The thing is, I’ve been through all this before. About 8 years ago, my life flipped upside down. (If you’ve been following the “What Writing Means to Me” series, you’ll know my most recent post in that series began to cover this.) Out of one paradigm-shattering experience—that of reading a book—I began a life journey that still hasn’t finished and I guess could be classified under the ornate, kaleidoscopic umbrella of what I’ve now termed “falling into love.”
About two years into this journey, my then-husband and I moved to the beach to be nearer the fire academy he had to complete for his fire school program. We were in need of a church, and some good friends suggested Rock Harbor. At the time, Rock Harbor was a church about three years old, had about 2,000 regular attenders, and was under the leadership of its founding pastor. Now, six years later, its membership climbs upwards of 5,000 every Sunday, spread out over seven distinct and vibrant services, has moved to a team leadership model, and has finally inhabited a building it can, and does, call home—a chock-a-block-style warehouse in one industrial neighborhood of Costa Mesa, California, the insides of which were gutted and completely redesigned in vintage urban style by the skilled and artistic hands of Rock Harbor’s very own volunteers.
Then as now, the truth of attending that church was the same: in order to find community, you have to do more than show up on Sundays. So we joined a life group that met on Wednesday nights in someone’s home. At the first meeting, I was dismayed to find people ranging in age from 20 to 50, to find well-seasoned parents and brand-newly-weds, to find singles as often as I found couples married upwards of 15 years. Having been used to groups that clustered around the “life phase” model—college-agers meeting with other college-agers, new-marrieds meeting with other new-marrieds, and so on—this was quite an adjustment of style, and I wasn’t sure I would like it.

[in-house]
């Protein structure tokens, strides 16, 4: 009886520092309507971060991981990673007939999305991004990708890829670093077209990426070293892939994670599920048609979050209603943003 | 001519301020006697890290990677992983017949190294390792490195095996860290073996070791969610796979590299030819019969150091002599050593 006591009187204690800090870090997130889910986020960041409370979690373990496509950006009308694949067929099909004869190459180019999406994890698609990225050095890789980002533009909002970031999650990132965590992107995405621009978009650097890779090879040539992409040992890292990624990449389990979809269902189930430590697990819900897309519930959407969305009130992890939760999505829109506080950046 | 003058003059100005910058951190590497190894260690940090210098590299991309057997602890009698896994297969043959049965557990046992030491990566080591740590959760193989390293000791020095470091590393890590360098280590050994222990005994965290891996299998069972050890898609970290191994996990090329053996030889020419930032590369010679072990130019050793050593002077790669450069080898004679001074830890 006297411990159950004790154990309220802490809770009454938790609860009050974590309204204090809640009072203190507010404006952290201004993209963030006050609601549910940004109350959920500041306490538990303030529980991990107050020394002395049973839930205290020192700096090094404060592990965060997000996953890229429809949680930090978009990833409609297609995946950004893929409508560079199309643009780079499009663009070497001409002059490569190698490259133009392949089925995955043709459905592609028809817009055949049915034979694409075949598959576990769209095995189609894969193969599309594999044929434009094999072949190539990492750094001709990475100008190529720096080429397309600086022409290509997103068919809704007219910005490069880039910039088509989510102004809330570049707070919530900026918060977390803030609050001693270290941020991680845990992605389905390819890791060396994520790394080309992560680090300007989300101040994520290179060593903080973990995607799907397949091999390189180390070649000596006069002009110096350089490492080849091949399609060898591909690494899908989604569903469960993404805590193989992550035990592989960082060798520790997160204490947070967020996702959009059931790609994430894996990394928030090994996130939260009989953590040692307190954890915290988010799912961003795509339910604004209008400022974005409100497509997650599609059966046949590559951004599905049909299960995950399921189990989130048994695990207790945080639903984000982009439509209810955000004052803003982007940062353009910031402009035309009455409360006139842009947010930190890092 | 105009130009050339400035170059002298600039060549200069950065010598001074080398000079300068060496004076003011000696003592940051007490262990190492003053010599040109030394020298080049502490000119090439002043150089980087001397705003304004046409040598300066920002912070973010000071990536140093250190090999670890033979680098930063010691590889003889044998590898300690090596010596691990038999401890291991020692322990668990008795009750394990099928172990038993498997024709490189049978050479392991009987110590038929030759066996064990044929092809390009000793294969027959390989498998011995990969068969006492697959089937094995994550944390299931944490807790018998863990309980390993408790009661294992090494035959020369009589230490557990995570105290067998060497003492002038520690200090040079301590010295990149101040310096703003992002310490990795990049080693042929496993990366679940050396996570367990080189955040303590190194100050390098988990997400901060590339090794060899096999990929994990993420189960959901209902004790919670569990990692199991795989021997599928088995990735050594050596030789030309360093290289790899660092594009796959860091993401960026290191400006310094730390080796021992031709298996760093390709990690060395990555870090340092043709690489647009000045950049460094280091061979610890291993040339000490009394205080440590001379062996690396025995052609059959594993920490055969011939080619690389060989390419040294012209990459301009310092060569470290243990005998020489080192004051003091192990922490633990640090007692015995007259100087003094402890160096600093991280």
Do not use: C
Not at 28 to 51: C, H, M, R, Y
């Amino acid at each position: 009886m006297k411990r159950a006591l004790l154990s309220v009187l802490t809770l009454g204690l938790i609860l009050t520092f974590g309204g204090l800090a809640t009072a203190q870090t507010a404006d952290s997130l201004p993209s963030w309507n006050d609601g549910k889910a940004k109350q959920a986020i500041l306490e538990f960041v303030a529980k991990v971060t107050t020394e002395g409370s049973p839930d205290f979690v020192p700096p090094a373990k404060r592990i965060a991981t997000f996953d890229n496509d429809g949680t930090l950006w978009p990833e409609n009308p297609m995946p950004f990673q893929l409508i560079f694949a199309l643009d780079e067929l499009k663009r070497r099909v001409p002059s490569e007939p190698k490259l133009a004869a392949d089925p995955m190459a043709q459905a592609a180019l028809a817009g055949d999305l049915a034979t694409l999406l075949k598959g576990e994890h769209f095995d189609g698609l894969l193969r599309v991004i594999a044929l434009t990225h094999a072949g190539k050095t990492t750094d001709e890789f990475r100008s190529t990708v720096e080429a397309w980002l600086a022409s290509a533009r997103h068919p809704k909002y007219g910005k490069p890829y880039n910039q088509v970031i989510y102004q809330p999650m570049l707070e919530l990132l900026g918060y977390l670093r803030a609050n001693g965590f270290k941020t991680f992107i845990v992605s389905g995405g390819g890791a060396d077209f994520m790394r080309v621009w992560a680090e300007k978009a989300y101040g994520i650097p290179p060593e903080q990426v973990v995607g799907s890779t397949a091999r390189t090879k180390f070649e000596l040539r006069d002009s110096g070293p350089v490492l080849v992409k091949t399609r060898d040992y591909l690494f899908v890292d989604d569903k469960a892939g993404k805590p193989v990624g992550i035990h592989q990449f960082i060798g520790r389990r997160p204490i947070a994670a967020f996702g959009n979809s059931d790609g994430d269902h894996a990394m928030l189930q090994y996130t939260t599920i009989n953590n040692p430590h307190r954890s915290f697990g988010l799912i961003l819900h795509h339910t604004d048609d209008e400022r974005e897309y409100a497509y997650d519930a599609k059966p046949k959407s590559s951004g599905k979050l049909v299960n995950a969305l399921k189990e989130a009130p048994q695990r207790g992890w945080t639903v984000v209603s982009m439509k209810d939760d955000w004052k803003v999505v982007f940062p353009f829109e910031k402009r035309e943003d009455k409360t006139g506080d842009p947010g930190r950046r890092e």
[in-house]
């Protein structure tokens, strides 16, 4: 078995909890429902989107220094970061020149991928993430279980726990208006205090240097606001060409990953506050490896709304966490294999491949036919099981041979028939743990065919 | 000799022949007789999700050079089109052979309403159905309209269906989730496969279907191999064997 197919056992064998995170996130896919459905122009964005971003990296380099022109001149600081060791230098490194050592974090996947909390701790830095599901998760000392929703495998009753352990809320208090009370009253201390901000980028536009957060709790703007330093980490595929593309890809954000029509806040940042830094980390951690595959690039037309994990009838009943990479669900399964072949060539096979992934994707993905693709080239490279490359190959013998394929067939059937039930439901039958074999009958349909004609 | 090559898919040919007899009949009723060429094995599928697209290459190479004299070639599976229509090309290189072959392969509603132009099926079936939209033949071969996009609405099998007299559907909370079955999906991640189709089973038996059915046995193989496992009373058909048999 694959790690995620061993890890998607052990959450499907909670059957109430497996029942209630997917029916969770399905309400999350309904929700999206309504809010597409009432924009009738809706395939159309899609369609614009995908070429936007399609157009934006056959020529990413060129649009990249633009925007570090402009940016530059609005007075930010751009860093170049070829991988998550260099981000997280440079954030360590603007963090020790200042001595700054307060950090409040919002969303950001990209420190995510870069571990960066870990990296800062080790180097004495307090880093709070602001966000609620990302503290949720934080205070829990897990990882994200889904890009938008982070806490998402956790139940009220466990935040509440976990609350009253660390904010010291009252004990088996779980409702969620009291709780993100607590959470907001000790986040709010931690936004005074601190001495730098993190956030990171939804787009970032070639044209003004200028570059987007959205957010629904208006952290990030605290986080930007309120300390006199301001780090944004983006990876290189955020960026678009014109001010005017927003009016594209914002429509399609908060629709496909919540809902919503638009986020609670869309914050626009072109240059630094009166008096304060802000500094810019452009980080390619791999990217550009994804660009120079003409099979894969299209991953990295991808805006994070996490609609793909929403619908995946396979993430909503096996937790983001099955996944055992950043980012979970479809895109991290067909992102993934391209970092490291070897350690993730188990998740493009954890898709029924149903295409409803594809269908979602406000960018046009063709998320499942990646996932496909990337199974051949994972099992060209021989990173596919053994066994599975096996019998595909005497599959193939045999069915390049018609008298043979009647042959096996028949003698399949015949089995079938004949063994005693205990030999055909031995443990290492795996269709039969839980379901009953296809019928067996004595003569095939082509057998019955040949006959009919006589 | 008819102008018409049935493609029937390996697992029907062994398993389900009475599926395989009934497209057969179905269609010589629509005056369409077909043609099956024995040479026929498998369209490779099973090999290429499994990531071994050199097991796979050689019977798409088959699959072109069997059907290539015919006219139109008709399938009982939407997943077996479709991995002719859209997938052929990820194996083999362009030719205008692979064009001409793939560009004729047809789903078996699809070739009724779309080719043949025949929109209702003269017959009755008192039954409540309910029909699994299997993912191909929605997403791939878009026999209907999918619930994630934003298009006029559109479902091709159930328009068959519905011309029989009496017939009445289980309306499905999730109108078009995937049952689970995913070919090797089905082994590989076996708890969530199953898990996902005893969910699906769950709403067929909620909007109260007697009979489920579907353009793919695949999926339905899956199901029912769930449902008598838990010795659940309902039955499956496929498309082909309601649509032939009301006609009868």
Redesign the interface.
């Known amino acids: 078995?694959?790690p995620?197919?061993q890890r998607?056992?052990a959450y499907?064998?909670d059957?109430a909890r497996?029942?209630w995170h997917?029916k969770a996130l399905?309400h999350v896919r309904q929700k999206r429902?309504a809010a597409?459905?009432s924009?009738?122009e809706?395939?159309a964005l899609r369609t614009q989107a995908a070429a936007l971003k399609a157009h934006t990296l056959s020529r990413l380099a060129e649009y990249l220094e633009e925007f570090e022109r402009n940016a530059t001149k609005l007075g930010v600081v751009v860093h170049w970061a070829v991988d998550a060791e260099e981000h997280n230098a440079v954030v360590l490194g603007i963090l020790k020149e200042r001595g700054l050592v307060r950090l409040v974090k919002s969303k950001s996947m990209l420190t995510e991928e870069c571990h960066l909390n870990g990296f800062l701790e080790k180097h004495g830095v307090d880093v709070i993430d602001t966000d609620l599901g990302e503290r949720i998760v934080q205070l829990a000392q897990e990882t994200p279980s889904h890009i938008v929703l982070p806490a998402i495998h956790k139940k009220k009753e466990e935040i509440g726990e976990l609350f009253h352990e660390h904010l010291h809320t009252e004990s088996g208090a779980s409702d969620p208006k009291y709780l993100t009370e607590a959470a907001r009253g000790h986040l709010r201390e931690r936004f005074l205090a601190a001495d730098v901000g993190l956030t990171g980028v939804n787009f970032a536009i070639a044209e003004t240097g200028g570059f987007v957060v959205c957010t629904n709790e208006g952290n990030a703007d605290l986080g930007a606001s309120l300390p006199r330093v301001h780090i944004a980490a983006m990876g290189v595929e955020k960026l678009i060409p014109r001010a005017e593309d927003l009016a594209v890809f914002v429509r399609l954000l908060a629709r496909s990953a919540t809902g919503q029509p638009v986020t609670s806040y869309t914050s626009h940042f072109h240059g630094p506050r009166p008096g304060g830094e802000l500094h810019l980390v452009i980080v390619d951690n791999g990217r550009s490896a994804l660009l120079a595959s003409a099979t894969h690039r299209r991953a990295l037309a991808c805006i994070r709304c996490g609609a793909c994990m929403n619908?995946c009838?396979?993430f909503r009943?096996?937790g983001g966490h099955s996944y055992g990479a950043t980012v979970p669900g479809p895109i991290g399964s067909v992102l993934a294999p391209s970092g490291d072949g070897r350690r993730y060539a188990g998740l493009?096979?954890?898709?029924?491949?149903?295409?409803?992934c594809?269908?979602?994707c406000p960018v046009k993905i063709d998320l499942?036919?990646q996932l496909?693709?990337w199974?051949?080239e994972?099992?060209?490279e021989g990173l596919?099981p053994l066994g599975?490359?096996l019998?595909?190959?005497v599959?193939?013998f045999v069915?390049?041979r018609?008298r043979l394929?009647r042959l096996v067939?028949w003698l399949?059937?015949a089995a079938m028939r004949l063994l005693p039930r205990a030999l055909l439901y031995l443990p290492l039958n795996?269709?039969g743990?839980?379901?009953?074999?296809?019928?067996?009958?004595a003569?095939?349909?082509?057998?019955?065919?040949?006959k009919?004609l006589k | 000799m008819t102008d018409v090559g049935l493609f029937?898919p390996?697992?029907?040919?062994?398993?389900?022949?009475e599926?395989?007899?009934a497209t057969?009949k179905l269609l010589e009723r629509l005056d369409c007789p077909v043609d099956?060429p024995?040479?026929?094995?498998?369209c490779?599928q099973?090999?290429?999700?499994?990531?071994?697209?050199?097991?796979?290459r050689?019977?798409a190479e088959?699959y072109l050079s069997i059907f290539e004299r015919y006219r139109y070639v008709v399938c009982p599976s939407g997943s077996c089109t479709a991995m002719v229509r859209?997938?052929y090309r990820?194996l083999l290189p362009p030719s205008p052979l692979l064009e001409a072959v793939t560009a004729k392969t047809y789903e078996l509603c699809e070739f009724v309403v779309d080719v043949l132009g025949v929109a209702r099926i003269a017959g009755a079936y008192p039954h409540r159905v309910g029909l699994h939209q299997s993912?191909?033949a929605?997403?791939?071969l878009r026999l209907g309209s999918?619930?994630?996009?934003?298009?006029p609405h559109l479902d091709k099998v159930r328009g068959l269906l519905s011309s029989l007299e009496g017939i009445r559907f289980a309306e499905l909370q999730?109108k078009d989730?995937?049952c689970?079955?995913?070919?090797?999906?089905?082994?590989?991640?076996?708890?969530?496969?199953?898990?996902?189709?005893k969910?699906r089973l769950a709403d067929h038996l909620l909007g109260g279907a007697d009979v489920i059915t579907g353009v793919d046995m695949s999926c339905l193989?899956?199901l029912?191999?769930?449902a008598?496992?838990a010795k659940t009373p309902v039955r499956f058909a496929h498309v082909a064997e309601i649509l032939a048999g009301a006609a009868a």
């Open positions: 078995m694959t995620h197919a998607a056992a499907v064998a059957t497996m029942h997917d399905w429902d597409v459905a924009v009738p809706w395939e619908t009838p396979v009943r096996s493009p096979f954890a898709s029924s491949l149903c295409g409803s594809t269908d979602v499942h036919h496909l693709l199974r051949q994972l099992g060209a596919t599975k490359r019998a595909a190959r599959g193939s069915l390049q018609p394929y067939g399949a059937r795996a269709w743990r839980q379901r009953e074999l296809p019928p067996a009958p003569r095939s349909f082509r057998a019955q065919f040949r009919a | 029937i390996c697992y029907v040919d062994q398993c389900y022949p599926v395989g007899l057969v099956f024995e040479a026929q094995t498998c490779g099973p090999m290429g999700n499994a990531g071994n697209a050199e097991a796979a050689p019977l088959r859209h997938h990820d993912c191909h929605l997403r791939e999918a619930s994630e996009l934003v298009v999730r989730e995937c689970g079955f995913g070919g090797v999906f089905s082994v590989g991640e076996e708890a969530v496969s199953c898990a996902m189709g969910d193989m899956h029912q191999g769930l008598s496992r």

But I’m really glad God opened me up to “doing life” with that whole host of folks. It was exactly what I needed right then, when I was starting this long process of unlearning how to perform in order to receive life from the vantage point of grace. That diverse and eclectic group of weekly company helped me see that human beings are, in fact, brilliantly stunning. That they are unique and they are soulful. That they are bizarre and they are funny. That they are caring and suffering and kind and forgiving, too. And that they are, each and every one, learning to walk this journey home. Just like me.
This experience of weekly life with that small group is where God began showing me how to love people right where they are—to let them be themselves, because their selves engender wonder. To listen to their stories and their struggles and their joys, because these lay bare the truest mirrors of their souls, souls that are wrapped in tender sleeves of skin that won’t be born in any other form again, ever.
This is a big part of what “falling into love” really means, I think. Not that I’m an expert on loving people the way God loves them, of course, but I’ve found there’s a certain grace extended—a grace that’s born of heaven, I believe—when we allow others the space and freedom to be exactly where they are, right now, in this very moment. A grace unburdened by expectation. A love that delights in the brilliance of that person’s beauty, which is the beauty of the Lord shining in and out of them. They are, in fact, the image of God made flesh, and dwelling among us.
Finally, when it comes to God offering us this kind of love, we get love in its highest form, perfected and rained down from on high. This love encompasses our entire being whether we know it does this or not, every moment of every day of every year of our lives. And this love waits quietly, patiently, givingly, for us to fall backward into its extravagant, billowing pillow once we have given up trying to achieve some other cheap form of a high somewhere else. And that’s what I’m learning to do right now.